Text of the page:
Best Bergamot Essential Oil*
Bergamot is good for skin conditions
Bergamot, grown chiefly in Calabria, Italy, is a sour tasting citrus fruit whose rind ironically produces a sweet, lemony oil with a gentle, refreshing fragrance. Bergamot has been cultivated in South America and the United States, but the quality is incomparable to fruit grown in southern Italy's unique soil.
The green or yellow oil is an important ingredient in many colognes and perfumes and is used in the production of Earl Grey tea, giving the drink its characteristic aroma. Bergamot is considered the finest citrus oil and is sometimes called the ''sunny'' oil. It has a soothing, calming effect and simultaneously energizes and uplifts the spirit.
Bergamot is good for skin conditions such as eczema, psoriasis and herpes, acne and oily skin. It's excellent for cystitis and urinary tract infections, as well as for reducing fever. It balances the appetite and is useful for weight reduction as well as stimulating the appetite.
The anti-depressant qualities of bergamot make it ideal for Seasonal Affective Disorder (SAD) on cold, gray days. It's mild, sedating effect helps control anger, relieve stress, reduce nervous tension, fear and anxiety.
Bergamot should not be used on the skin neat. It should only be used in a carrier oil, lotion or bath water. A few drops in a solution is adequate.
Since most bergamot oil is photosensitive, to prevent severe skin reaction, it should not be used on skin within 12 hours prior to sun exposure. However, bergamot oil labeled 'Bergaptine Free' or 'Bergamot FCF' (Furo-Coumarin Free) is safe even in direct sunlight and will not cause a reaction.
Health Benefits of Bergamot Essential Oil
One of the main functions of bergamot in the history of oriental medicine was to enhance energy flow, while strengthening digestive function. Commonly used in colognes and perfumes, bergamot’s aroma soothes anxiety and stress, prompts confidence, and brings about serene joy.
Skin health is served by the oil’s anti-aging, anti-inflammatory, antibacterial, and antiseptic properties. The oil is also antispasmodic, sedative, anti-parasitic, analgesic, tonic, carminative, digestive, diuretic, expectorant, and vulnerary.
Application: 1:1 dilution. Topically, Inhaled, Diffused, Dietary Supplement.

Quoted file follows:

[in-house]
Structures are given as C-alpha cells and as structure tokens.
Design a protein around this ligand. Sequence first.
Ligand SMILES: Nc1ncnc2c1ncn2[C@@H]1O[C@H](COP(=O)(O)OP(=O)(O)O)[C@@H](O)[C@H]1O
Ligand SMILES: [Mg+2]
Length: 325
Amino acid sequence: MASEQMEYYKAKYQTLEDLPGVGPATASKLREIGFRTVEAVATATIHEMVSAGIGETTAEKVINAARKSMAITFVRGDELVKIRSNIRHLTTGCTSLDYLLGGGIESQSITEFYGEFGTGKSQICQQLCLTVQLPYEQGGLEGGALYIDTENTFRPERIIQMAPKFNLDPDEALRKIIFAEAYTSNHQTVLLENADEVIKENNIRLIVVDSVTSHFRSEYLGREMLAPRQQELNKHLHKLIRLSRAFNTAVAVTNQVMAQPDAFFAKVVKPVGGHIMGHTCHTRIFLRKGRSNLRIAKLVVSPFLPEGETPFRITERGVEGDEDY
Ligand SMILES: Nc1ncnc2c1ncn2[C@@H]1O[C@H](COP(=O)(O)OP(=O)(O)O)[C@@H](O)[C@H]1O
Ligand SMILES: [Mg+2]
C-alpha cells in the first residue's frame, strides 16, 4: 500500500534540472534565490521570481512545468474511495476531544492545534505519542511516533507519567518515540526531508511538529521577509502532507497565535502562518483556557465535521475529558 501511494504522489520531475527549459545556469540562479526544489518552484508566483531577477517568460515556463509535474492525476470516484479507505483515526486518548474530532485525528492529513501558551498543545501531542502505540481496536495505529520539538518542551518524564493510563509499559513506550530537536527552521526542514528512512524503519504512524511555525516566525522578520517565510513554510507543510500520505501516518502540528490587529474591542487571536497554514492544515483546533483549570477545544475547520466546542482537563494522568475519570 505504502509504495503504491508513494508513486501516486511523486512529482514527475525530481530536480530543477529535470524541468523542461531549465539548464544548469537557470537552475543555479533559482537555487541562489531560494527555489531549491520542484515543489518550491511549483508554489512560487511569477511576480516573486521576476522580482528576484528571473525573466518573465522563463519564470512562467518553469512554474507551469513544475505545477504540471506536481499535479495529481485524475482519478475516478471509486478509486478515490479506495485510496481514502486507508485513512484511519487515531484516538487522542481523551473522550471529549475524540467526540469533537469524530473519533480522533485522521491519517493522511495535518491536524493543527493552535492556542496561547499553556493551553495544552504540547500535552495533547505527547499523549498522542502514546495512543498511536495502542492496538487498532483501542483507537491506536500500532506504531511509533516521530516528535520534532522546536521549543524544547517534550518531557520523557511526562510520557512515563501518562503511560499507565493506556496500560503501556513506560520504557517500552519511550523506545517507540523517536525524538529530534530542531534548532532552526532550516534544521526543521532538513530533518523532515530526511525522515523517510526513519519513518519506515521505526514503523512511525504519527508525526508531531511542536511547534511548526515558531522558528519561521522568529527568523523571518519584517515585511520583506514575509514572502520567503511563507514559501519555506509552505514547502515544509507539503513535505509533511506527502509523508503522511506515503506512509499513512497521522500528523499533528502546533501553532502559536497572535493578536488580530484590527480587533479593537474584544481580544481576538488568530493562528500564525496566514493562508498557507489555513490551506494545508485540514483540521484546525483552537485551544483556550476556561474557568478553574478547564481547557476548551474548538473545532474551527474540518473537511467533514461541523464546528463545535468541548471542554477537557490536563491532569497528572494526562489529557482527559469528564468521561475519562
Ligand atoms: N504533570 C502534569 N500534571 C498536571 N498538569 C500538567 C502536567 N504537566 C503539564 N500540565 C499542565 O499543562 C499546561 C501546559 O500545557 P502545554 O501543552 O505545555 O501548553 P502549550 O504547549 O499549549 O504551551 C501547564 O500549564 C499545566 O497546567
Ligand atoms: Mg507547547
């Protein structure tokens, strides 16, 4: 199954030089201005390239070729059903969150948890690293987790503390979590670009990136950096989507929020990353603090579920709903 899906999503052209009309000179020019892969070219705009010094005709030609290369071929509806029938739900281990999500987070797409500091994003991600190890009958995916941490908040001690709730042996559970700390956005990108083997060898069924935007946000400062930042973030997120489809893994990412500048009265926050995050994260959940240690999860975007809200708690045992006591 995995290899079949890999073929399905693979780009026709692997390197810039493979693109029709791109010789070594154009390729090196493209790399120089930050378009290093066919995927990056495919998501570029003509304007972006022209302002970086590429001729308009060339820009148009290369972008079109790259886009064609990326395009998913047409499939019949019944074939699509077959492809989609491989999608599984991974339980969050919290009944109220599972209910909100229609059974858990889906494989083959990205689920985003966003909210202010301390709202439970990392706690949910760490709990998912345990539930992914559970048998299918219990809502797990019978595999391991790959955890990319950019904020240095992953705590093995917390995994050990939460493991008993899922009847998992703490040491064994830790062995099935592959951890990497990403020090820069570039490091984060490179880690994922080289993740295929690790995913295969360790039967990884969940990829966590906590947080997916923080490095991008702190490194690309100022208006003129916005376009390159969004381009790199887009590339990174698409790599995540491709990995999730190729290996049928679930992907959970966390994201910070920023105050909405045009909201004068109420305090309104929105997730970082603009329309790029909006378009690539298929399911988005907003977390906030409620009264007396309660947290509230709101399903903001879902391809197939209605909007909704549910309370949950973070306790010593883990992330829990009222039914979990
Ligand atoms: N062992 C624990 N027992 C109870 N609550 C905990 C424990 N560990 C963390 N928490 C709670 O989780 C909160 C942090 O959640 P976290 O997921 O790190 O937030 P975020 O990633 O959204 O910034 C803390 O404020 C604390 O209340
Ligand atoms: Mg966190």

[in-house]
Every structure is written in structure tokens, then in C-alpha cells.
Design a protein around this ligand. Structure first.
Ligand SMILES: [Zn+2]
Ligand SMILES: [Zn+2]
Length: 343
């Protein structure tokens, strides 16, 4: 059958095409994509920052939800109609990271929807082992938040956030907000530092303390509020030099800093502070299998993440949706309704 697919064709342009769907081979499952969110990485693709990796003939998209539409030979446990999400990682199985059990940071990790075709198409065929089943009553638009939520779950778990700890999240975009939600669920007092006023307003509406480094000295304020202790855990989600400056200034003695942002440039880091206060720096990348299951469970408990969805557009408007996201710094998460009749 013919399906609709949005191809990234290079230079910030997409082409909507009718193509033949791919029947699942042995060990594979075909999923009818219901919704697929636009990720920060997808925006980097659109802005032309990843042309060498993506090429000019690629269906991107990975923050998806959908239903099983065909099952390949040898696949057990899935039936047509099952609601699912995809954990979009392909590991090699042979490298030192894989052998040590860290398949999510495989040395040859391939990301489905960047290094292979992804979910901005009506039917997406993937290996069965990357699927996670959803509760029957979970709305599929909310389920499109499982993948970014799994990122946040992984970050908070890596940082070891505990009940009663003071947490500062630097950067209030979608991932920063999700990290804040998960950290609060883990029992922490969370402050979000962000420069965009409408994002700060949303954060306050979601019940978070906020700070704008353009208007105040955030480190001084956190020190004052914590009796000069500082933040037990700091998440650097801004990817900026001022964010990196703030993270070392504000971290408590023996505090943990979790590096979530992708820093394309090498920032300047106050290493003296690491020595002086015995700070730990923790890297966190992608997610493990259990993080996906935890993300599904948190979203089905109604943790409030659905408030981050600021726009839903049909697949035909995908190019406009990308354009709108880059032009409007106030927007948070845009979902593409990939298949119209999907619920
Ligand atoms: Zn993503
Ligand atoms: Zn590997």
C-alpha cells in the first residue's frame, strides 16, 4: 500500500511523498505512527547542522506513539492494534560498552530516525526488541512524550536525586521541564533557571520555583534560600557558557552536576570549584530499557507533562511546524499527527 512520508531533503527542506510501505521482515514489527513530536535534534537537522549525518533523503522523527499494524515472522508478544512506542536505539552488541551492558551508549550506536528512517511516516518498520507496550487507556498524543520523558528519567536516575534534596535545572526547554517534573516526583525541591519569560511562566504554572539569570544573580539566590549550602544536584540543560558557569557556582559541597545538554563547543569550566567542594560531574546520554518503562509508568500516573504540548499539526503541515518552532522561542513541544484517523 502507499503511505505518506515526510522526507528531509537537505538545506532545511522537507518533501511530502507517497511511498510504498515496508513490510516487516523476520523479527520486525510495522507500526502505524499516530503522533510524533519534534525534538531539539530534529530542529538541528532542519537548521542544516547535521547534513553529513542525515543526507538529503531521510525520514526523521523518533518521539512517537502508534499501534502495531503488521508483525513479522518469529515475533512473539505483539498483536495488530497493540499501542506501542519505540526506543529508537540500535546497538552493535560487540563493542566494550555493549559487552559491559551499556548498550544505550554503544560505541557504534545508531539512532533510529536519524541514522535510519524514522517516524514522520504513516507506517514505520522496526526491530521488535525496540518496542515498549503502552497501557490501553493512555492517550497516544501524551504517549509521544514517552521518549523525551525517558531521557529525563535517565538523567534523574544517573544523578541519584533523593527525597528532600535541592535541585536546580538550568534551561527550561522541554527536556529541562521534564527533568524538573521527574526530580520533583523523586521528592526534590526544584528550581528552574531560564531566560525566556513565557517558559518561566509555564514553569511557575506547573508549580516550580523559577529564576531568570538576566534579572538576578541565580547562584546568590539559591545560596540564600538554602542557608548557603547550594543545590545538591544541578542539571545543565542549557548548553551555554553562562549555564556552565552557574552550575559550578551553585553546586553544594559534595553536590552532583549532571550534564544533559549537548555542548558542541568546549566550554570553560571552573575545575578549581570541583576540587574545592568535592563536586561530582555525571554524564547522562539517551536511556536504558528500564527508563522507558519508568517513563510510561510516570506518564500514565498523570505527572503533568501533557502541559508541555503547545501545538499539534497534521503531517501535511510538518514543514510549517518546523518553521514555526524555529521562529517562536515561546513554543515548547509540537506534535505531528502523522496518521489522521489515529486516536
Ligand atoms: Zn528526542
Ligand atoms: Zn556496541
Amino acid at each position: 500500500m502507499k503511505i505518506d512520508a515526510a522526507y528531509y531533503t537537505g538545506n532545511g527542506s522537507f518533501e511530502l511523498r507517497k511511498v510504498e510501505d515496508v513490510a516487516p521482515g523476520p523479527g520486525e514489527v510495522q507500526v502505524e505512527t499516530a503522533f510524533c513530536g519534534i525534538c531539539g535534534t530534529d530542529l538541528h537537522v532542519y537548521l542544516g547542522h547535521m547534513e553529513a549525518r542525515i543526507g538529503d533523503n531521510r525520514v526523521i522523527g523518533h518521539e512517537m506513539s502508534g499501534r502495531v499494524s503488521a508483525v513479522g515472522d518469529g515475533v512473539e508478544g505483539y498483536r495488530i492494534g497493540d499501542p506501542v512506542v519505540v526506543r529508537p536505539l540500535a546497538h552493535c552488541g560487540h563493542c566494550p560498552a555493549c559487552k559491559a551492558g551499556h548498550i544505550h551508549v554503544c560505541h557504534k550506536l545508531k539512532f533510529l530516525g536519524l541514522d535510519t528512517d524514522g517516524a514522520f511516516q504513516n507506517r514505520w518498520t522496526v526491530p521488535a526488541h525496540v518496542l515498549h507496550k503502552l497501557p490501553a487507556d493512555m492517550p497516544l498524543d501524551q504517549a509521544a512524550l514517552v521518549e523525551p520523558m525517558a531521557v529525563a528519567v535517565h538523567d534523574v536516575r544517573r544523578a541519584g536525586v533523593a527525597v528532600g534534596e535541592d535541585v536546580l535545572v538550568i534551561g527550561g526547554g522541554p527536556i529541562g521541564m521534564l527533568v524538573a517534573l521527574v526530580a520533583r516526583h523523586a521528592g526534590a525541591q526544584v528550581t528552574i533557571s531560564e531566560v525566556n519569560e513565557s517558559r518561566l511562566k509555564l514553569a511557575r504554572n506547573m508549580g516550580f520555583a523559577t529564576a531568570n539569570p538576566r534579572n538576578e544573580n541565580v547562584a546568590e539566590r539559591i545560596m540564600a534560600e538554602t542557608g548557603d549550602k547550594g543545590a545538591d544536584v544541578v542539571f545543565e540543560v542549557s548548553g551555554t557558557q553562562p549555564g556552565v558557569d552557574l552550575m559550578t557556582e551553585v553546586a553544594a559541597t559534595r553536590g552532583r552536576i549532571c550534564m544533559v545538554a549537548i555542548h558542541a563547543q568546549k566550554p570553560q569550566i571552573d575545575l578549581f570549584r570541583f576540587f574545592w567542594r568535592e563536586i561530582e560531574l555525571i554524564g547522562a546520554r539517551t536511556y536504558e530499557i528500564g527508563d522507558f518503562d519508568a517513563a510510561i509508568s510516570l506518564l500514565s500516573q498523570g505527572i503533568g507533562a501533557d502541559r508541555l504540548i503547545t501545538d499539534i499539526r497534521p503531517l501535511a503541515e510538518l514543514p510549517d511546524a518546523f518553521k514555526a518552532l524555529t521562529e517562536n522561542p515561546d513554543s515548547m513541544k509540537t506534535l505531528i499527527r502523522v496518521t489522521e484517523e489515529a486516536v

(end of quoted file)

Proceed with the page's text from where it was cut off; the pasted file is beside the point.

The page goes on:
Does your skin get angry whenever you eat junk food? Are your breakouts scarring up your complexion so that you can barely recognize yourself? Bergamot oil is the oil for you! Bergamot oil and the citrus plant, itself, are sensitive to soil quality and climate and require strict specifications for cultivation.
Regularly utilized by the Greeks and Italians, bergamot oil offers several health benefits that support the mind and body. Bergamot possesses skin-rejuvenating properties that help promote clear skin. The oil has a calming effect to reduce tension and stress, or abating feelings of sadness.
This is largely due to its bright and uplifting scent. The oil’s capacity to reduce tension, along with its natural ability to support healthy skin, make it one powerful agent to have on hand when you want to look your best and feel your brightest.
To reduce tension, add 3-4 drops bergamot to your diffuser and diffuse regularly. Add a few drops to your bathwater at the end of the day to melt stress away.
For skin health, put 1-2 drops on the area of concern. You can also use a drop or two of bergamot in your tea for a nice citrus flavor. Lastly, you can apply bergamot topically in massage to knead relaxation into your muscles. Simply rub 1-2 drops softly over the affected area.
General Methods of Application
Apply diluted for sensitive skin. Aromatically. Topically. Internally.
Those with sensitive skin should dilute the oil with a carrier oil. Avoid touching the eyes, ears, and other sensitive areas with the oil. People who are nursing, pregnant, or are receiving medical attention should consult their physician before use. Additionally, make sure to store the oil away from children. This oil is photosensitive; avoid direct sunlight for 12 hours after applied topically.
Blend Recipe: Craving Combatant
5 drops Bergamot Essential Oil
2 drops Lemon Essential Oil
1 drop Ginger Essential Oil
1 drop Peppermint Essential Oil
2 ounces Jojoba or Almond Oil
The next time you’re craving that Mars bar, blend together all oils in a small glass bowl. Apply topically to your feet’s reflex points. You can also use an aromatic method. Nix the carrier oil and diffuse throughout the room.
Uses of Bergamot Essential Oil
Works well in conjunction with lavender, citrus oils, jasmine and juniper. It acts as an antiseptic, bactericide and parasiticide. Also known to have a laxative effect. In perfumes it brings a spicy/fruity tone and is uplifting and revitalizing and is effective as an antidepressant.
Caution must be used when using Bergamot oil in large doses particularly with respect to the skin. Its uses in aromatherapy range from treating acne sores, skin conditions, greasy skin, cracked skin and open wounds. Effective in the treatment of colds, flu, fever and for the treatment of stress related disorders such as anxiety and depression.
Also, can be used as a natural alternative to insect repellant.